The two programs I attended tell the tale, at least in part. Funny Papers (1994) is an act of unembarrassed hijinks. If you pointed a video camera at a five-year-old and said, "Act funny," you'd film disorganized flailing of arms and legs and chaotic clowning. Taylor starts with that, and depending on whether the comic ditty is "Itsy-Bitsy Teeny-Weeny Yellow Polka-Dot Bikini," a geriatric rendering of "I Am Woman" (which verged on the cruel, actually), or the brainless "Alley Oop," the dancers clowned recklessly, childishly, and yet with tremendous physical skill and discipline. That's the demotic element coming out in Taylor, and snobs need not apply.
The second dance on the program was actually the first half of two linked dances, both based on dream imagery that fused Freud, surrealism, Catholic icons, and Mayan demiurges. Titled De Sueños ("Of Dreams" 2007) and De Sueños Que Se Reptiten ("Of Recurring Dreams" 2007), together they constituted an hour-long story ballet, concerning a flower girl in Mexico who meekly watches society from the outside then turns it into disturbing dream images on the inside. Taylor likes to tell stories, or at the very least to establish a scenic backdrop so that a particular dance speaks to real life. Yet he's not known for evening-length ballets, unlike Morris and Balanchine. Partly the reason must be the extreme physical demands placed upon his dancers. No choreographer (or Olympic coach) is harder on the human body, and even the girls have developed biceps from lifting the men, not to mention the rolling, tumbling, lifting, and leaping that Taylor employs almost without end and often at alarmingly high speed.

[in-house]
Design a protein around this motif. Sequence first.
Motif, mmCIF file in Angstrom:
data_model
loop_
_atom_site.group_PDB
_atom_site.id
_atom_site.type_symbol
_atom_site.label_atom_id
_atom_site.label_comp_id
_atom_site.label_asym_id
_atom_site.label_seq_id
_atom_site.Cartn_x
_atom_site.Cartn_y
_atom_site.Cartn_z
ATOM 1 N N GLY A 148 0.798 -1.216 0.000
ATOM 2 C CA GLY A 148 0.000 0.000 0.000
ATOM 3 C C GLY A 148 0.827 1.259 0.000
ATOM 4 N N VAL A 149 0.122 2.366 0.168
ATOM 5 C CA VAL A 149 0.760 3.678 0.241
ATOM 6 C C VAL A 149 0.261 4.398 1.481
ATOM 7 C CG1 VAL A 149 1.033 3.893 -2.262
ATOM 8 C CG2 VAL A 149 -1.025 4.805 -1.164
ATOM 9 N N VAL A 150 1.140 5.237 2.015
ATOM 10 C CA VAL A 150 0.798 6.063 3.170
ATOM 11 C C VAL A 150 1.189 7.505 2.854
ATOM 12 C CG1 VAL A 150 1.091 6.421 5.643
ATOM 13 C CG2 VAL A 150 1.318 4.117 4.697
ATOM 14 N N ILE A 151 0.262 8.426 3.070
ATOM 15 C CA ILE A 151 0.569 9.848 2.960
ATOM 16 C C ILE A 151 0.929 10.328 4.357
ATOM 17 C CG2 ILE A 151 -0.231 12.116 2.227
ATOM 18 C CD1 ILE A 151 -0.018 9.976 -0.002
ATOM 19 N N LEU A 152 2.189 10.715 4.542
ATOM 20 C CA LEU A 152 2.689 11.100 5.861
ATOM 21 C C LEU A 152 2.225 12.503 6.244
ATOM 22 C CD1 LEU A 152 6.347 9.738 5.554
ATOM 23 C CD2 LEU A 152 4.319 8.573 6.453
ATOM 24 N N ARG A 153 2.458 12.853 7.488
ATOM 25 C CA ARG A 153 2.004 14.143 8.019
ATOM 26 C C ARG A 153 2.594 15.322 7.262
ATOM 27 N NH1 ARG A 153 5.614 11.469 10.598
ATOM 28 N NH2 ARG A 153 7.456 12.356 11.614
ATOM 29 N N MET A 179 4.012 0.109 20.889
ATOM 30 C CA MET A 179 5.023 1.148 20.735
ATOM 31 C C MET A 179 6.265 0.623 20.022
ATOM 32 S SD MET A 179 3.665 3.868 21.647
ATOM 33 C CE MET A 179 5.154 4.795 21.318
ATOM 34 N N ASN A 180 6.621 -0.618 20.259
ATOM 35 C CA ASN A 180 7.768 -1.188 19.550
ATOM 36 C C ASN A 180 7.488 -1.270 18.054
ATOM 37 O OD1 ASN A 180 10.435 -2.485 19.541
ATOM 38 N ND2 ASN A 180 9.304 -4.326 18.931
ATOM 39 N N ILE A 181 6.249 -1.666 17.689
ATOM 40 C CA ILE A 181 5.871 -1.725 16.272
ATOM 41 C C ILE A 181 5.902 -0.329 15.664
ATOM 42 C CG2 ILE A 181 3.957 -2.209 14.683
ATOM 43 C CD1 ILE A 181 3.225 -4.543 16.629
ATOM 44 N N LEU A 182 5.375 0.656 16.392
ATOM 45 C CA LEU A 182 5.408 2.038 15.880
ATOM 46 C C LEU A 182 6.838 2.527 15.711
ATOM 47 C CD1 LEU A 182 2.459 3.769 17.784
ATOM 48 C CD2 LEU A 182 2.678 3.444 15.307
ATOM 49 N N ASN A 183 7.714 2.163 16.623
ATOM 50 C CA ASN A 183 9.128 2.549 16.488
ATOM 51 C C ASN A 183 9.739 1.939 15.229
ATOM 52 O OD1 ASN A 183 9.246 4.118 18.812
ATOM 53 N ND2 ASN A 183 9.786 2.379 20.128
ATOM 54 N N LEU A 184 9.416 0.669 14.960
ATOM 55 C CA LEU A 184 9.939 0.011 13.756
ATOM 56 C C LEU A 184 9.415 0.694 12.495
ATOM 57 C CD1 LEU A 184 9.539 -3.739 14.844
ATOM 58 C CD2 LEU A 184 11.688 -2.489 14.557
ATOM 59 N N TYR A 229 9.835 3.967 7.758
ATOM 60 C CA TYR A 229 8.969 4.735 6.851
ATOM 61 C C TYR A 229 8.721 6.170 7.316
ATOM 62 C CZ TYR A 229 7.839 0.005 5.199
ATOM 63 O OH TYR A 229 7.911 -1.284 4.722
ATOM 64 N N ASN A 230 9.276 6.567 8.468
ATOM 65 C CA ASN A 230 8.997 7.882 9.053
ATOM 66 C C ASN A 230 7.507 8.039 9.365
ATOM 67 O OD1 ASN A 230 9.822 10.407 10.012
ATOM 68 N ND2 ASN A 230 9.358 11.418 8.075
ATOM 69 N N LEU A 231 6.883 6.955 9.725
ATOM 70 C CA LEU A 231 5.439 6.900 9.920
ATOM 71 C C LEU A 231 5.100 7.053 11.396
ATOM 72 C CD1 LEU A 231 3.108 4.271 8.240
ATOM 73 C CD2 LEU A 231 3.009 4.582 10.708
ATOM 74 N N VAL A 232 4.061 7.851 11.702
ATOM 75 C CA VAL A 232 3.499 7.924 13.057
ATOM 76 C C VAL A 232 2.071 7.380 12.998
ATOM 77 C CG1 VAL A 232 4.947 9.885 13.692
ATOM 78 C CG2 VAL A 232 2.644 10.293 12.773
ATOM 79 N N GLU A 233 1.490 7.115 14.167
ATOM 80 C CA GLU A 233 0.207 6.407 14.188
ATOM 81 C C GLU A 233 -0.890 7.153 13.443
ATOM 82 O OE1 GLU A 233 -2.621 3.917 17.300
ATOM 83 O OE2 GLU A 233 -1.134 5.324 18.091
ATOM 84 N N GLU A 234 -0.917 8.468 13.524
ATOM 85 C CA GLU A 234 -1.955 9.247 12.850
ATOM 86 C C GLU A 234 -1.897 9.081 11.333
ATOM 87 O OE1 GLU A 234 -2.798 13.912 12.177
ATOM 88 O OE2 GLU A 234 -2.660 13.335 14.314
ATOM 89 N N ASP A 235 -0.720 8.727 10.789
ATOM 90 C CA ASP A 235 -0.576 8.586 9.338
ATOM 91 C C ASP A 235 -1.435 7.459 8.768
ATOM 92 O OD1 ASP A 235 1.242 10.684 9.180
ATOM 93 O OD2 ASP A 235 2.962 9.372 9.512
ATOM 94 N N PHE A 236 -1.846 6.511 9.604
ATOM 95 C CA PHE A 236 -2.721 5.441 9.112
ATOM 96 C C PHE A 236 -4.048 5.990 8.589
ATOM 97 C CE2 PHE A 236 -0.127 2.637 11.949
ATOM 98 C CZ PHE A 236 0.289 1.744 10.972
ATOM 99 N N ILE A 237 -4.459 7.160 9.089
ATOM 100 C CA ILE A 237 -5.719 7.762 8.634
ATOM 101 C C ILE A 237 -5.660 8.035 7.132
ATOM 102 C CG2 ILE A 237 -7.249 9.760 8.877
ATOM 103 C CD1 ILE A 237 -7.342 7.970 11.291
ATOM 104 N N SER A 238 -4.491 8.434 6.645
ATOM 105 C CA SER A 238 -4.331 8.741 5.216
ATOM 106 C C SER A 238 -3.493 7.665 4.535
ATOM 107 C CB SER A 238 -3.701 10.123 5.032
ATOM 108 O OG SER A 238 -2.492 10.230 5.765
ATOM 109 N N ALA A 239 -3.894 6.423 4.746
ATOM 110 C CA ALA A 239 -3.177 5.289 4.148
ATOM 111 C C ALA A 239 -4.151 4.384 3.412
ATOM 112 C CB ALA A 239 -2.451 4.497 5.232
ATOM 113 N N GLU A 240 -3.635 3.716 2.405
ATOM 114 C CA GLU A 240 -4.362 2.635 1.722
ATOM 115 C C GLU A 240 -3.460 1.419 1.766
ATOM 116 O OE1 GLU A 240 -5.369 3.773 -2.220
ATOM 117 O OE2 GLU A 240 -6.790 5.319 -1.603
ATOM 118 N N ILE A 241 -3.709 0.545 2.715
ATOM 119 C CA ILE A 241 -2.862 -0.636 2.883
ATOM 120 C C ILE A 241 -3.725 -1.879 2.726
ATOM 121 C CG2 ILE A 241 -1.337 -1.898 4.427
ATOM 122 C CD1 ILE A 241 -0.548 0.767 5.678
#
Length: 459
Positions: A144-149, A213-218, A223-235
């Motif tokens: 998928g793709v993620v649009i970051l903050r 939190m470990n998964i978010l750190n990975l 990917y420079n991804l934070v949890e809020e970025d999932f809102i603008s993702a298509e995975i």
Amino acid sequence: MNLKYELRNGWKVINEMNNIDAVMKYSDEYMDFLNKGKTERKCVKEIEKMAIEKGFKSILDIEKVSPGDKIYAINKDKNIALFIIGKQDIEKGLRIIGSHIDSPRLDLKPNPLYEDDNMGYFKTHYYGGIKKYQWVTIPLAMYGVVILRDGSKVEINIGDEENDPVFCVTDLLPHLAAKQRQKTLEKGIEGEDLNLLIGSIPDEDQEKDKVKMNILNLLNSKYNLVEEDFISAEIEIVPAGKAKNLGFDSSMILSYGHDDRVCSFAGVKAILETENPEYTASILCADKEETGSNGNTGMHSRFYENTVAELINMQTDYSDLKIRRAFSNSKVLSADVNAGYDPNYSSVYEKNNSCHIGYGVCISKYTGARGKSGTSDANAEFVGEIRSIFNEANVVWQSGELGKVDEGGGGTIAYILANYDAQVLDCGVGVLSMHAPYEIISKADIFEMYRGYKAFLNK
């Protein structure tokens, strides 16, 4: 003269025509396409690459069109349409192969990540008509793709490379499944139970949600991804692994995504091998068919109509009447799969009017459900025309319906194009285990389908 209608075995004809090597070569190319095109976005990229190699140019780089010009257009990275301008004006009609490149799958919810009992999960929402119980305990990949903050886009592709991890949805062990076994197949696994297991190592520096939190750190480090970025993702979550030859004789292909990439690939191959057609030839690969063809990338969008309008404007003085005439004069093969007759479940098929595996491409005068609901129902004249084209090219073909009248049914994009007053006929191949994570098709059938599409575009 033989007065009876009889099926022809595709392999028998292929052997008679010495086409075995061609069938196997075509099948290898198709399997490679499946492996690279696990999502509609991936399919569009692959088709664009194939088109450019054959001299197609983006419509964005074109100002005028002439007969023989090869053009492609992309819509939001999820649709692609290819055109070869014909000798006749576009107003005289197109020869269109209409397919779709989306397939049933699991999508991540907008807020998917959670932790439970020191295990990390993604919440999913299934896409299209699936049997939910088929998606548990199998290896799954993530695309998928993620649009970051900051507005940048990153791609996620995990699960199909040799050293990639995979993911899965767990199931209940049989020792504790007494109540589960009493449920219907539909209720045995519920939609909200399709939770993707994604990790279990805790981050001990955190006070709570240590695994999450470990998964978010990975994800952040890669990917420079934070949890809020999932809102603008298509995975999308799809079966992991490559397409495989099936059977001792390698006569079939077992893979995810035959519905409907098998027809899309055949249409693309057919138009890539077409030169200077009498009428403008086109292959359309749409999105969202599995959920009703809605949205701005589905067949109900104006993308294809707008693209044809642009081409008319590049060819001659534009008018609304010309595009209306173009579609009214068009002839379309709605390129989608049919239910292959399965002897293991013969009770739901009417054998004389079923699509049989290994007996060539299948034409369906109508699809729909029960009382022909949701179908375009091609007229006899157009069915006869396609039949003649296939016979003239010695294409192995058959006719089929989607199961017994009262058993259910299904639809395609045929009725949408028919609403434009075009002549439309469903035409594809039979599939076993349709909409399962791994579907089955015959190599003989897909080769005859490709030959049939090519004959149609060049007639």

I think his critics find all this physical exuberance too easy, and yet at the same time Taylor's dips into Freud and the unconscious are sniffed at, too, for being passé. It's true that compared to Mark Morris, Taylor won't dare to expose himself as personally when confronted with the most profound music -- there's a lot of skipping, leap-frogging and other remnants of the playground in even his most serious dances. As if to counter the implication that he is too shallow to be abstract (i.e., "really" modern), Taylor mounted a program on March 1 that was entirely free of story and concrete settings. The first dance, Danbury Mix (1988), was set to Charles Ives at both his most colloquial and hazily atmospheric, but except for a mention in the program booklet that the composer came from Danbury, Connecticut, Danbury Mix takes no advantage of New England or Ives's professed Transcendentalism. A woman in a long silvery costume wore a tiara vaguely reminiscent of the Statue of Liberty. Otherwise we were watching movements in and around a community of bodies, variously combining, impinging, embracing, passing unnoticed, moving in isolation, and piling up. The flowing design is indescribable in print, but the effect was miraculously Ivesian.